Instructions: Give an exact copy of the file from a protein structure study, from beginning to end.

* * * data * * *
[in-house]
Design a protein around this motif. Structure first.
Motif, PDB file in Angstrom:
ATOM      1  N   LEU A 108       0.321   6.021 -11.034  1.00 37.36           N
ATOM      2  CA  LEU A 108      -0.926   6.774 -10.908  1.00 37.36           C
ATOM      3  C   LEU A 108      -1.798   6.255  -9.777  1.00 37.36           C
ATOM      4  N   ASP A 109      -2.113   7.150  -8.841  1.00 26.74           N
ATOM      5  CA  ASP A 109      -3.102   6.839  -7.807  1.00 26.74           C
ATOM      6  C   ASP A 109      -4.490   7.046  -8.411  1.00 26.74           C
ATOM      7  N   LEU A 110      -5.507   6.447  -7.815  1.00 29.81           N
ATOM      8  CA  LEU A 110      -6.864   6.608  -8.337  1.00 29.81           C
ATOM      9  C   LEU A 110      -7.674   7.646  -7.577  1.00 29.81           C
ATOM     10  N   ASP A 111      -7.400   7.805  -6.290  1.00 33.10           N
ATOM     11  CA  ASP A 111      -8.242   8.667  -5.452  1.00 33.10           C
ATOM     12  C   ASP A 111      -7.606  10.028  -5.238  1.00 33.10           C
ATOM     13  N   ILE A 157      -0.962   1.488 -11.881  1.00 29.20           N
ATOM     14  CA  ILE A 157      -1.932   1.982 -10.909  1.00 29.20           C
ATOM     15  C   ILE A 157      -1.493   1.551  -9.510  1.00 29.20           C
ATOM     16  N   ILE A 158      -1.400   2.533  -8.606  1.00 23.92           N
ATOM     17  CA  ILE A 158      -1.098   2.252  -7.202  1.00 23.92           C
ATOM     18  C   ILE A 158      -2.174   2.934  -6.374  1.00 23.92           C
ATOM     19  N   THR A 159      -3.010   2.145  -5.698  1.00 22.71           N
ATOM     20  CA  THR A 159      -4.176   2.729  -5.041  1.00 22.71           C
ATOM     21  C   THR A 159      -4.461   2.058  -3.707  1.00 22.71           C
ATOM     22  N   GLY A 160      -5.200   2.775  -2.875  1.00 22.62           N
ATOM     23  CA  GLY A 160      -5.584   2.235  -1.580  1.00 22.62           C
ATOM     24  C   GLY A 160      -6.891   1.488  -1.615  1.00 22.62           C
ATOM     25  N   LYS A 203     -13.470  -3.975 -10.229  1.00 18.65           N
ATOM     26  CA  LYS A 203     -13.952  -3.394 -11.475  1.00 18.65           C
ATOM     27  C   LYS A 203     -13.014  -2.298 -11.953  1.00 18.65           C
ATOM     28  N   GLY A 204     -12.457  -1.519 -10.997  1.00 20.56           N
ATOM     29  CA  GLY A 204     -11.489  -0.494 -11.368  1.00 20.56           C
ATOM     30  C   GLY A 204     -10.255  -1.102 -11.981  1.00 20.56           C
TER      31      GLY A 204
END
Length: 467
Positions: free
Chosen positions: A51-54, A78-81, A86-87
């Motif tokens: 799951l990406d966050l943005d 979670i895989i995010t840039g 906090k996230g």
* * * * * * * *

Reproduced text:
[in-house]
Design a protein around this motif. Structure first.
Motif, PDB file in Angstrom:
ATOM      1  N   LEU A 108       0.321   6.021 -11.034  1.00 37.36           N
ATOM      2  CA  LEU A 108      -0.926   6.774 -10.908  1.00 37.36           C
ATOM      3  C   LEU A 108      -1.798   6.255  -9.777  1.00 37.36           C
ATOM      4  N   ASP A 109      -2.113   7.150  -8.841  1.00 26.74           N
ATOM      5  CA  ASP A 109      -3.102   6.839  -7.807  1.00 26.74           C
ATOM      6  C   ASP A 109      -4.490   7.046  -8.411  1.00 26.74           C
ATOM      7  N   LEU A 110      -5.507   6.447  -7.815  1.00 29.81           N
ATOM      8  CA  LEU A 110      -6.864   6.608  -8.337  1.00 29.81           C
ATOM      9  C   LEU A 110      -7.674   7.646  -7.577  1.00 29.81           C
ATOM     10  N   ASP A 111      -7.400   7.805  -6.290  1.00 33.10           N
ATOM     11  CA  ASP A 111      -8.242   8.667  -5.452  1.00 33.10           C
ATOM     12  C   ASP A 111      -7.606  10.028  -5.238  1.00 33.10           C
ATOM     13  N   ILE A 157      -0.962   1.488 -11.881  1.00 29.20           N
ATOM     14  CA  ILE A 157      -1.932   1.982 -10.909  1.00 29.20           C
ATOM     15  C   ILE A 157      -1.493   1.551  -9.510  1.00 29.20           C
ATOM     16  N   ILE A 158      -1.400   2.533  -8.606  1.00 23.92           N
ATOM     17  CA  ILE A 158      -1.098   2.252  -7.202  1.00 23.92           C
ATOM     18  C   ILE A 158      -2.174   2.934  -6.374  1.00 23.92           C
ATOM     19  N   THR A 159      -3.010   2.145  -5.698  1.00 22.71           N
ATOM     20  CA  THR A 159      -4.176   2.729  -5.041  1.00 22.71           C
ATOM     21  C   THR A 159      -4.461   2.058  -3.707  1.00 22.71           C
ATOM     22  N   GLY A 160      -5.200   2.775  -2.875  1.00 22.62           N
ATOM     23  CA  GLY A 160      -5.584   2.235  -1.580  1.00 22.62           C
ATOM     24  C   GLY A 160      -6.891   1.488  -1.615  1.00 22.62           C
ATOM     25  N   LYS A 203     -13.470  -3.975 -10.229  1.00 18.65           N
ATOM     26  CA  LYS A 203     -13.952  -3.394 -11.475  1.00 18.65           C
ATOM     27  C   LYS A 203     -13.014  -2.298 -11.953  1.00 18.65           C
ATOM     28  N   GLY A 204     -12.457  -1.519 -10.997  1.00 20.56           N
ATOM     29  CA  GLY A 204     -11.489  -0.494 -11.368  1.00 20.56           C
ATOM     30  C   GLY A 204     -10.255  -1.102 -11.981  1.00 20.56           C
TER      31      GLY A 204
END
Length: 467
Positions: free
Chosen positions: A51-54, A78-81, A86-87
């Motif tokens: 799951l990406d966050l943005d 979670i895989i995010t840039g 906090k996230g």